Ads based on tracking cookies generate approximately four percent more money than ads that are context-related. Scientists investigated the relationship between personalized online advertisements and their income, but found only minimal differences.
The research comes from scientists from the University of California, Irvine, Minnesota, and Carnegie Mellon University. The scientists studied the revenues of millions of advertising transactions from a large American media company with “many newspapers and magazines and associated websites.” The study looked at what those ads ultimately produced for the publisher. More than ninety percent of all advertisements on the company’s sites were placed via an ‘open auction’.
The researchers also looked at the different users who came to the websites and whether they automatically refused cookies in their browser. They also examined the differences between visitors who came from a desktop or from mobile, and other variables such as their location. By including such variables, the scientists came to a calculation where the average yields of an advertisement can be calculated. For users for whom a tracking cookie is placed, those revenues are only four percent higher than for users for whom an advertisement is placed based on the content of an article. That would amount to around 0.00008 cents per advertisement.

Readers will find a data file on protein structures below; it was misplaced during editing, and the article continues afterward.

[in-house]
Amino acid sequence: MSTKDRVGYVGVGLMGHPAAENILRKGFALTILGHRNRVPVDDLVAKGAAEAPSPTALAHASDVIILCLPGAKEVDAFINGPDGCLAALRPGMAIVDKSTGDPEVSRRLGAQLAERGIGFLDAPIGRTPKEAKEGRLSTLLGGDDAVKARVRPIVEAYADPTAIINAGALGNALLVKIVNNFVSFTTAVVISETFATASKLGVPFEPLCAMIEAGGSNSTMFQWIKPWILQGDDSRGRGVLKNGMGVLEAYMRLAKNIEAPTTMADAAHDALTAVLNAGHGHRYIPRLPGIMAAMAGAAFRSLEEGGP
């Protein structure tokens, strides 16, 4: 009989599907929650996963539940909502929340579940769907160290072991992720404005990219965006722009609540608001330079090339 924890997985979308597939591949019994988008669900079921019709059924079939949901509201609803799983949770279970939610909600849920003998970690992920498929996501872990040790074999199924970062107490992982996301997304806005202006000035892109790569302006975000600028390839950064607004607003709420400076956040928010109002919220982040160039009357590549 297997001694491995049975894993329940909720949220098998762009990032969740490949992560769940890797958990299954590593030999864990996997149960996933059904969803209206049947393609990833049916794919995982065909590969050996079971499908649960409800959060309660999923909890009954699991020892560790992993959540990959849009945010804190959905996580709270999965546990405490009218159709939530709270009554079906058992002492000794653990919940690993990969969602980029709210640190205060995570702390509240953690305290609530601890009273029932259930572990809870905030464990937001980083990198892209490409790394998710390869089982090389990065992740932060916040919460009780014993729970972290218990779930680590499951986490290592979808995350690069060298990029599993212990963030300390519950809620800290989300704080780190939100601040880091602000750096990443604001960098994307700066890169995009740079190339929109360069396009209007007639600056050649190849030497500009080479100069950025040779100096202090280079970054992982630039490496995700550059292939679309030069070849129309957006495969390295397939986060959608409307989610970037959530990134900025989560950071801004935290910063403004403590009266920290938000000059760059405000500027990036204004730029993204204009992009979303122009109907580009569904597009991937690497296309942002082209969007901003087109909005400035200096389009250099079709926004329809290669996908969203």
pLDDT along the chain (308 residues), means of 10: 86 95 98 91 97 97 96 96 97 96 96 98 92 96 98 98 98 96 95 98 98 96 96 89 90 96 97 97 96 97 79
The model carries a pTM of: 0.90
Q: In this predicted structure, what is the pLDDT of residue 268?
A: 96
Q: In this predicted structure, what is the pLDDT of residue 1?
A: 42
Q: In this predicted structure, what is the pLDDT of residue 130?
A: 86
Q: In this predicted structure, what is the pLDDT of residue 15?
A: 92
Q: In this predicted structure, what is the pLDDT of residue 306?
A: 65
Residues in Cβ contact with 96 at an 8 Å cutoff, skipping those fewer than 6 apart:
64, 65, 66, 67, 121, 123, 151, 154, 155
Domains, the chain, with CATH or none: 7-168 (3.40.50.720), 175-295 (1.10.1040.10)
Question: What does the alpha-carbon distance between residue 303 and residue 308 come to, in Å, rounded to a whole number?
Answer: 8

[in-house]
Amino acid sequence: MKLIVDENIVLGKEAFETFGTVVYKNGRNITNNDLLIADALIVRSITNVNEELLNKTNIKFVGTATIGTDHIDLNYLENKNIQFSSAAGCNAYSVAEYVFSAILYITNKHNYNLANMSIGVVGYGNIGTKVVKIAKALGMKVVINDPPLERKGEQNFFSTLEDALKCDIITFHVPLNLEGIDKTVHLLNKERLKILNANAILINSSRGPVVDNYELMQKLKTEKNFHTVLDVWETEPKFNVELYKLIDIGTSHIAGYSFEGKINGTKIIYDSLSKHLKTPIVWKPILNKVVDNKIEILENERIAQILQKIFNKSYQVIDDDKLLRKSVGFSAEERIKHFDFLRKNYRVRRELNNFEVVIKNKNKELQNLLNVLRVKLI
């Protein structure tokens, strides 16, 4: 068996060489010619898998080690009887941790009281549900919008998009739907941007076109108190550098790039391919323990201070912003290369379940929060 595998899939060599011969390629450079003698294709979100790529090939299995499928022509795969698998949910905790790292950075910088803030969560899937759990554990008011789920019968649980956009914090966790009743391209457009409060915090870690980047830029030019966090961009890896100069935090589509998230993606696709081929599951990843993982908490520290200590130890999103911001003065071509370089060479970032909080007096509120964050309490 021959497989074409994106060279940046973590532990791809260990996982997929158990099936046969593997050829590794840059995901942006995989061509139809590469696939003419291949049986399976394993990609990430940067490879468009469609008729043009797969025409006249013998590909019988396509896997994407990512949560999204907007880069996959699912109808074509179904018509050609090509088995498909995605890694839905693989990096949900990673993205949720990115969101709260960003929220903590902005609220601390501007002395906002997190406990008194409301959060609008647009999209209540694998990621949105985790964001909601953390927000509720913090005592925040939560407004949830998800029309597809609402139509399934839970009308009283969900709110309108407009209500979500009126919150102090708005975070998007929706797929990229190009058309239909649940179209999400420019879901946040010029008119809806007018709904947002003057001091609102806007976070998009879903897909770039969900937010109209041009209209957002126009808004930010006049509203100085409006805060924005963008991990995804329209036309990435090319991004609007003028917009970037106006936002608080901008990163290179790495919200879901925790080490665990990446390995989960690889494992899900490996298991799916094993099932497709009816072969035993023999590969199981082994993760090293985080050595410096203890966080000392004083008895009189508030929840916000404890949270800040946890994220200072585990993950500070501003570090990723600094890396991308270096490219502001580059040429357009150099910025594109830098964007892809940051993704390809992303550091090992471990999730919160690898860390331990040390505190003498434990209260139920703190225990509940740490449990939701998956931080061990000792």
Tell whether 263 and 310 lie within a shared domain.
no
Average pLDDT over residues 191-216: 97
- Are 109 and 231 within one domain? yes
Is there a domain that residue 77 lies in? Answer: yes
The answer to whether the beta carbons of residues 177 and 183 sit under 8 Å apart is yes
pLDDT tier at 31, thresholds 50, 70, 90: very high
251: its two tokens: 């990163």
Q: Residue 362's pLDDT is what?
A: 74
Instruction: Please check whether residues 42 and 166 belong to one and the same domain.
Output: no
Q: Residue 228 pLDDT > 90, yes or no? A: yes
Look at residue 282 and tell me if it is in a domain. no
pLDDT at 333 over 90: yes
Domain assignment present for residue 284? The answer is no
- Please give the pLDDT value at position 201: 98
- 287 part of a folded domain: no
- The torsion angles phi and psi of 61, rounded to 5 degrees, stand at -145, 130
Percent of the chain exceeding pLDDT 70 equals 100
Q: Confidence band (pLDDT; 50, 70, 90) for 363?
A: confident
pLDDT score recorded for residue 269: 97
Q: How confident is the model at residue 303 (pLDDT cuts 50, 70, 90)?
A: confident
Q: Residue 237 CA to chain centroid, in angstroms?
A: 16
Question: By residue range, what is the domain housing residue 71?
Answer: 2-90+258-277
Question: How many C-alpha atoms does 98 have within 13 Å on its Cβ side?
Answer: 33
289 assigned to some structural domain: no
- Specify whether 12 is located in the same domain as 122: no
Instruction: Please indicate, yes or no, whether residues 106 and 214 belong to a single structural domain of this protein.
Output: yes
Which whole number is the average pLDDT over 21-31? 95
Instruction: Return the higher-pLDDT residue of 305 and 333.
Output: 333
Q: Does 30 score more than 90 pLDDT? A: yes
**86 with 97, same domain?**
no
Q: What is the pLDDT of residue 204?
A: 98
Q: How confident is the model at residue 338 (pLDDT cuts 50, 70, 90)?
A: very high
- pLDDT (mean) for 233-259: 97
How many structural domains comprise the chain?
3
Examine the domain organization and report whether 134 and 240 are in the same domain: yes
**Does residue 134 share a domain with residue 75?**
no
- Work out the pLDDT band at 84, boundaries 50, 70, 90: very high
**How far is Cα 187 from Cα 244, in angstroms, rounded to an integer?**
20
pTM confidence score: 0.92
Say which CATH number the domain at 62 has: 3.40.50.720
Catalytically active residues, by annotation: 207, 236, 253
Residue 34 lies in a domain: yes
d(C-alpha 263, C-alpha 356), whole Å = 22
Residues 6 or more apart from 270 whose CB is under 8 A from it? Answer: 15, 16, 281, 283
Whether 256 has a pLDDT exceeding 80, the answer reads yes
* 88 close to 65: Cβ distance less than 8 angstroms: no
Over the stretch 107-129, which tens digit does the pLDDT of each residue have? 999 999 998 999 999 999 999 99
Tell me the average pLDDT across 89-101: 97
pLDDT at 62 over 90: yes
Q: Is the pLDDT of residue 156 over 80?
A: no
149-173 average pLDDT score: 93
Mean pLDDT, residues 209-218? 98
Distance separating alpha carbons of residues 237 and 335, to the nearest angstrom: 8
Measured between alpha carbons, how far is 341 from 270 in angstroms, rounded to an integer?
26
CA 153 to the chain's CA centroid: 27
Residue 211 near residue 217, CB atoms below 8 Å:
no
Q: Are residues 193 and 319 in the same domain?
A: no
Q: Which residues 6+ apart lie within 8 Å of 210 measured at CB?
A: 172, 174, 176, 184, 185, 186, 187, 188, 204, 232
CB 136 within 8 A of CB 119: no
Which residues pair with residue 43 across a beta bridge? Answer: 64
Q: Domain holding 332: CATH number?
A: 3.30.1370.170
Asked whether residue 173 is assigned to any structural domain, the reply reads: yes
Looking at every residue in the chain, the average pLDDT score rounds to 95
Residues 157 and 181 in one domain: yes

The researchers say their findings contribute to the public debate about tracking cookies. “All issues surrounding the advertising economy such as privacy violations and surveillance have always been justified because of their so-called great value to publishers,” researcher Ashkan Soltani told the Wall Street Journal. This debate is also relevant in Europe, particularly with regard to the permission that users must give for the placement of tracking cookies.